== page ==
The kitchen is a dangerous workplace that exposes the chefs or kitchen workers to common kitchen injuries. These injuries include knife cuts, burns, eye irritation, chef’s foot, shattered cookware, slips and falls, and more.
Here are some of the common accidents and learn how to deal with them if in case such injuries happen to you.
7 Most Common Kitchen Injuries:
1. Knife Cuts and Lacerations
Knife cuts are the most common kitchen injuries especially for amateur or student chefs, who are still practicing the proper handling of a knife. Professional chefs are still exposed to this danger because of the tendency of their hands to slip.
Knife cuts can be dangerous even if they seem small. The ones who get lacerations are prone to infection or tetanus which is lethal. If you accidentally cut yourself, take note of when or how it happened, especially if the cut is deep.
If you get a cut, apply pressure on the area. Clean it with soap, apply an antibiotic, and cover the area with a bandage. The wound heals if properly treated, but can worsen if it gets infected.
For those with medical problems like diabetes, it is better to seek medical attention. Also, notice if there is a sensation of numbness or weakness after the accident.
Prevent knife injuries by placing knives in their appropriate areas. Learn the proper cutting method to avoid lacerations. One of the most commonly used knife skill is the bear claw, where the hand imitates the paw of a bear.
2. Slips, Trips, and Falls
Although these accidents are common to everyone, chefs and kitchen workers are the most prone to it, which is due to spills on the floor, water leaks, and the like.
It is important to eliminate the factors that can cause someone to slip on the floor. You can remove any object that can cause anyone to trip over, such as electrical cords, small packages, etc. Remove the spills at once or mop the wet floor immediately. Also, wear non-skid shoes.
If in case you do end up slipping, tripping, or falling, assess yourself immediately for injuries. For sprains and strains, treatment and prevention are discussed below.
3. Burns and Scalds
Regardless if you’re a chef or not, you might have probably encountered this injury once in your life or more. Burns and scalds are painful and ugly.
If you happen to burn or scald yourself, you must immediately move away from the heat source. Place the affected part under cool water for 20 minutes. Remember not to put ice directly on the affected area. Remove clothing or accessories on the area. If the burn is painful, pain relievers can help mitigate the pain.
Prevent burns and scalds by using the proper equipment when it comes to holding hot objects. If cooking with hot oil, lessen the strength of the burner before putting in the ingredient that needs to be cooked.
4. Eye Irritation
This injury is something almost everyone has experienced, especially if it involves cutting onions. There are also moments when you forget to wash after preparing ingredients; that you end up rubbing your eyes with your hands.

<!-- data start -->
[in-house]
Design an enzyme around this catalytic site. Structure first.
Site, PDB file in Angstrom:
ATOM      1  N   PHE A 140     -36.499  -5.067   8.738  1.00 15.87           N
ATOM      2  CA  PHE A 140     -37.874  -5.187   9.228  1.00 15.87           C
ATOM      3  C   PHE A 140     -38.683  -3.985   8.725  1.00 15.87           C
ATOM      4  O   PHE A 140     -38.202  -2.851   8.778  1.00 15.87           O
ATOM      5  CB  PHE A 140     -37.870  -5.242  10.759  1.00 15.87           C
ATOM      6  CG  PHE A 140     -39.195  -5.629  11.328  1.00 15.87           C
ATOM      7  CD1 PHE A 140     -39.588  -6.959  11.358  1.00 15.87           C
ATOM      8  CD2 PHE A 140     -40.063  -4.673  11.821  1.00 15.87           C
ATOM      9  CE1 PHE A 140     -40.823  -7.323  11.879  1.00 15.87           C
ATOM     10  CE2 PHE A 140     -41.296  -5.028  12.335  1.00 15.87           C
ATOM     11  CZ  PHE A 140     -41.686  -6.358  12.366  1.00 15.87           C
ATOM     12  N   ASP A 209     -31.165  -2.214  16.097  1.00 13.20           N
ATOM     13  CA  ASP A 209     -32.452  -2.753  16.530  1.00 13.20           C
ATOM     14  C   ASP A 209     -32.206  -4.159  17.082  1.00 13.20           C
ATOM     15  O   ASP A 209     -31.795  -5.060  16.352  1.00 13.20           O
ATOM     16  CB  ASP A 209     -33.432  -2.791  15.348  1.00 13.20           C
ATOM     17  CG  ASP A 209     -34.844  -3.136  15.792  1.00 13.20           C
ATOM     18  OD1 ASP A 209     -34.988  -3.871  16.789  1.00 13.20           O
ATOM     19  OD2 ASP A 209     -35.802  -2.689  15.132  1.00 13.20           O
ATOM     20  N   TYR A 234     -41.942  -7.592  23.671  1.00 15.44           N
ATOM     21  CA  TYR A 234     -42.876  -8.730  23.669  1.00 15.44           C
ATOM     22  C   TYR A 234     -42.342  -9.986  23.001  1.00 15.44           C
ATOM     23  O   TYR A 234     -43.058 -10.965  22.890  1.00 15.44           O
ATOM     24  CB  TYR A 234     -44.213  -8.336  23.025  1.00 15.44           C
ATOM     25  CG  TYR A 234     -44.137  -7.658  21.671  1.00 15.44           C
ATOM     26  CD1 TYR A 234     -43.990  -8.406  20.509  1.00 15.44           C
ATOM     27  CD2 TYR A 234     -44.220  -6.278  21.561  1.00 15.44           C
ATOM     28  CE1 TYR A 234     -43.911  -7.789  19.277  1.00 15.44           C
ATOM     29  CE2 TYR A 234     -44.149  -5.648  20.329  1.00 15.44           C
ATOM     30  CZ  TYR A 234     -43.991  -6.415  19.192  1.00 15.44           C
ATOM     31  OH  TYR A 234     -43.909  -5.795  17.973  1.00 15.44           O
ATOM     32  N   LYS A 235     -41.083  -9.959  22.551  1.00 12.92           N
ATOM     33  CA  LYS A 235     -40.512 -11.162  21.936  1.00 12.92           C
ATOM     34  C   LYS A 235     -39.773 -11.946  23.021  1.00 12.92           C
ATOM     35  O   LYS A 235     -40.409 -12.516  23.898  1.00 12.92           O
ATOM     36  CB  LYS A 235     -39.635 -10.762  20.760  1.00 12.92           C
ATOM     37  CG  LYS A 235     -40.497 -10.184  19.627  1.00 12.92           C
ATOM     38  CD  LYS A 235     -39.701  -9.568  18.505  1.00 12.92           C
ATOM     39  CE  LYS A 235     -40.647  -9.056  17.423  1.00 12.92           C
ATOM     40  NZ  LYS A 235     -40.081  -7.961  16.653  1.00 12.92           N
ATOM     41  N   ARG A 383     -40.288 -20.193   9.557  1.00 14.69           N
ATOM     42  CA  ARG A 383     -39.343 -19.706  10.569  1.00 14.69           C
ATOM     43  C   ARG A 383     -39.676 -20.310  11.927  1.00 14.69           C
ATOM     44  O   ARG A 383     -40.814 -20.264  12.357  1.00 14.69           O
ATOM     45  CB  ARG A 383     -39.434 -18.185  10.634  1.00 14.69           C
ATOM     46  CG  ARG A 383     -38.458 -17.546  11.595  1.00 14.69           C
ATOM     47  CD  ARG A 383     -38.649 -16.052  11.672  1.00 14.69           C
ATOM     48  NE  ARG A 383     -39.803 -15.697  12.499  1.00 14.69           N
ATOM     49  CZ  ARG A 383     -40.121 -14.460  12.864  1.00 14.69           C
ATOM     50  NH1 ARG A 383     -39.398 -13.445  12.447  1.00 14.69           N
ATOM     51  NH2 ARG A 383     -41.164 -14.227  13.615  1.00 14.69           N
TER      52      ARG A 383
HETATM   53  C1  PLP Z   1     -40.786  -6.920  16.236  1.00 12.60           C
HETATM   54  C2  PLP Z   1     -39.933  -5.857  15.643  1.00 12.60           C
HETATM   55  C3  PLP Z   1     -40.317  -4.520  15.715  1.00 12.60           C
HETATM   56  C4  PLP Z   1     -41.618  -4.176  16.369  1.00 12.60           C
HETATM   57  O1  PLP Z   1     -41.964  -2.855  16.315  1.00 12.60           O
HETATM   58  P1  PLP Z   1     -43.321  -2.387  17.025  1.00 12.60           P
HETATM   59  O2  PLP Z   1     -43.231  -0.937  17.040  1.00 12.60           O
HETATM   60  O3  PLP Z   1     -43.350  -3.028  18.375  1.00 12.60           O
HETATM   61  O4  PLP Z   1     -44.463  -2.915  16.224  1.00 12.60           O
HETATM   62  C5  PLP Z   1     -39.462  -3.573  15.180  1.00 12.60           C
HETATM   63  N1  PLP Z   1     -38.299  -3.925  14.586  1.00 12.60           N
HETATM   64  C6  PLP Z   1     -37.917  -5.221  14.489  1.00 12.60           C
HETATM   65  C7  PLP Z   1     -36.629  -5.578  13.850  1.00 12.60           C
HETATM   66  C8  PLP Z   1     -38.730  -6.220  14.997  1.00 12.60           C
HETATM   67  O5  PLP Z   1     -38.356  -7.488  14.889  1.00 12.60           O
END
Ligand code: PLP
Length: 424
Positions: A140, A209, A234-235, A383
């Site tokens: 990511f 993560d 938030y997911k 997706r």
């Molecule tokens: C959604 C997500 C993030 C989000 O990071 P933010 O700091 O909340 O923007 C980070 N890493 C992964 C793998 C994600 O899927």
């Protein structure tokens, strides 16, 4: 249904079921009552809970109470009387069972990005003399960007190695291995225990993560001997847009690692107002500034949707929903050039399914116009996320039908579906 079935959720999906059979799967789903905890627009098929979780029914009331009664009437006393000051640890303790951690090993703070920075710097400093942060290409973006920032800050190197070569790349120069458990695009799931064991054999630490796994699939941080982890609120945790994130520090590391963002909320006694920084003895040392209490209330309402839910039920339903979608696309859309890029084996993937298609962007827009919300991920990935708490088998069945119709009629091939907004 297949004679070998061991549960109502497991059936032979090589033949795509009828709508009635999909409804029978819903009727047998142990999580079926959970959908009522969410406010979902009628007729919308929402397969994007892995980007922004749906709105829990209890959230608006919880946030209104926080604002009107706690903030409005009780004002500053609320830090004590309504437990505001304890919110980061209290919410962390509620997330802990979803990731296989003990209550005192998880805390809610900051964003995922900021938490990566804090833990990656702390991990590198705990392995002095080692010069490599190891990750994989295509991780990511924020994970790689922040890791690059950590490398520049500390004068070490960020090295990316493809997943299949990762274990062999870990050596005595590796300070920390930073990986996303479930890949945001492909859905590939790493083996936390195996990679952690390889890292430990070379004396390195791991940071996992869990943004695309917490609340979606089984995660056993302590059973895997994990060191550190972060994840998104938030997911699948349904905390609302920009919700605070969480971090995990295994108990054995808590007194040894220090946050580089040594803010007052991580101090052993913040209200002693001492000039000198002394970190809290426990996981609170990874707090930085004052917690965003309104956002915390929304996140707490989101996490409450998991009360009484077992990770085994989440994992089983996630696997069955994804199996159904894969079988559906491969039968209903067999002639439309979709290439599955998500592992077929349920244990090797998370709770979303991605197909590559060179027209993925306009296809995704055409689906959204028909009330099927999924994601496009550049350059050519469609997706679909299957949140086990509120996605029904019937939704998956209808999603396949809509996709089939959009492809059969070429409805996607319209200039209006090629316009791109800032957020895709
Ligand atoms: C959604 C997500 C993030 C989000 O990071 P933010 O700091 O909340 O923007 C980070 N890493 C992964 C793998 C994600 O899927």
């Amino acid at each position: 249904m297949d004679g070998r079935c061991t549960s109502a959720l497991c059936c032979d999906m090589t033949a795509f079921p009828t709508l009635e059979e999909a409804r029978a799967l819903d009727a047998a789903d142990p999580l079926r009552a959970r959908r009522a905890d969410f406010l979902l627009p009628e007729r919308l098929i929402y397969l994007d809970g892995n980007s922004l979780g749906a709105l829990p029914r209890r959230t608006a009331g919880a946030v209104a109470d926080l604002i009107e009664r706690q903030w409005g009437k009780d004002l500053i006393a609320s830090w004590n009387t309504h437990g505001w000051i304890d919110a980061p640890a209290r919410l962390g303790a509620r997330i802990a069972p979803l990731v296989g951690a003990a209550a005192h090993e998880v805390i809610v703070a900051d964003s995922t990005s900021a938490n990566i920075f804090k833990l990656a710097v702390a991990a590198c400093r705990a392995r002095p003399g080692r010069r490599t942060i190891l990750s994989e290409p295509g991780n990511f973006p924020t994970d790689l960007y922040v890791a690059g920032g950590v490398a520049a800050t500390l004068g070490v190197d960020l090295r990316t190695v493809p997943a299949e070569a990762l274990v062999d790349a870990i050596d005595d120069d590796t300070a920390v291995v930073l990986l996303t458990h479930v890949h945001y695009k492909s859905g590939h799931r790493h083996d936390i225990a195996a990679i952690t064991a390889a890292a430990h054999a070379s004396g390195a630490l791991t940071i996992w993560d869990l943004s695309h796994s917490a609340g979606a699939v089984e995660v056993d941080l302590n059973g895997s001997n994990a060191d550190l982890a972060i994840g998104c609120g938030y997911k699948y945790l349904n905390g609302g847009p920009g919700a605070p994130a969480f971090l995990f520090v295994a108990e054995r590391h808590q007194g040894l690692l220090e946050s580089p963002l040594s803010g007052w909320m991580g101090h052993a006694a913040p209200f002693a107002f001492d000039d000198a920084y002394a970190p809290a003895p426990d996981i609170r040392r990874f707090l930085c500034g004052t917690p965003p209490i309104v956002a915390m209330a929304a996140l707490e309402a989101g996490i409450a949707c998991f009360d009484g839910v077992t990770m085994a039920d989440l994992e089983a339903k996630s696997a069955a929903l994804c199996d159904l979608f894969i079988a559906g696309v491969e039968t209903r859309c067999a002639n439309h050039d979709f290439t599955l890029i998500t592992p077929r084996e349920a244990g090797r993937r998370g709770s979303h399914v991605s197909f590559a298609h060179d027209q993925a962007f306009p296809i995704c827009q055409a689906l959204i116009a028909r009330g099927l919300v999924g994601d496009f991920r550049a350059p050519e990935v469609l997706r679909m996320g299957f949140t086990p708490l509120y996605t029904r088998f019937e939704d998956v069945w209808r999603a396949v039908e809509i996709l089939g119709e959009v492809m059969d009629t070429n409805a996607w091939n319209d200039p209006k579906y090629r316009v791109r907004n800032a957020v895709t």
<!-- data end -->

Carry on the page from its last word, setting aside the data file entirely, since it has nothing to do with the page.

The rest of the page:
Therefore, one of the best solutions to avoid eye irritation is to wash your hands after every food preparation. Also, do your best not to rub your eyes.
If you are cutting onions, it will be helpful for you to refrigerate them first or soak them in cold iced water for a few minutes. Doing so will lessen the enzymes that cause eye irritation.
5. Sprains and Strains
These are also one of the common kitchen injuries. Both sprains and strains share the same symptoms, except that they affect the different areas of the foot. Sprain commonly affects the ligaments whereas strains affect the tendons or muscles.
You can take a pain reliever to eliminate the pain. If the area is swelling, a bandage should help, but do not wrap it tightly. You may put a block of ice on the affected area for a few minutes. It is highly advisable that you rest after the injury. Wearing non-skid shoes are prevention.
6. Chef’s Foot
It is a type of injury that pertains to all foot problems that chefs are prone to. It includes Hallux rigidus, bunions, Morton’s neuroma, and the like. The common cause of chef’s foot is due to prolonged standing and wearing ill-fitted shoes.
Eliminate any problems caused by chef’s foot by simply using your allotted breaks to sit down and rest. If your kitchen responsibility requires you to be in a stationary position, walk once in a while. When you get home, it is helpful to elevate your feet. Also, wearing comfortable non-skid shoes minimizes the risk of having a chef’s foot.
7. Shattering Cookware
Cookware may shatter due to intense heat. It may cause cuts and burns due to an explosion.
It may also cause internal injuries to those who have eaten food cooked in an already shattered cookware.
Avoid such instances from happening by making sure to read the labels that come with the cookware’s packaging. Make sure that the cookware is appropriate to the cooking method that you will be using. Never heat your oven above the temperature that cookware can endure. Most of all, do not serve food cooked in shattered cookware.
If you’re a chef, common kitchen injuries are inevitable in your line of job. You might have experienced one or more of them in your life. However, it is important to lessen the risks of such injuries from happening. As they say, prevention is always better than cure.
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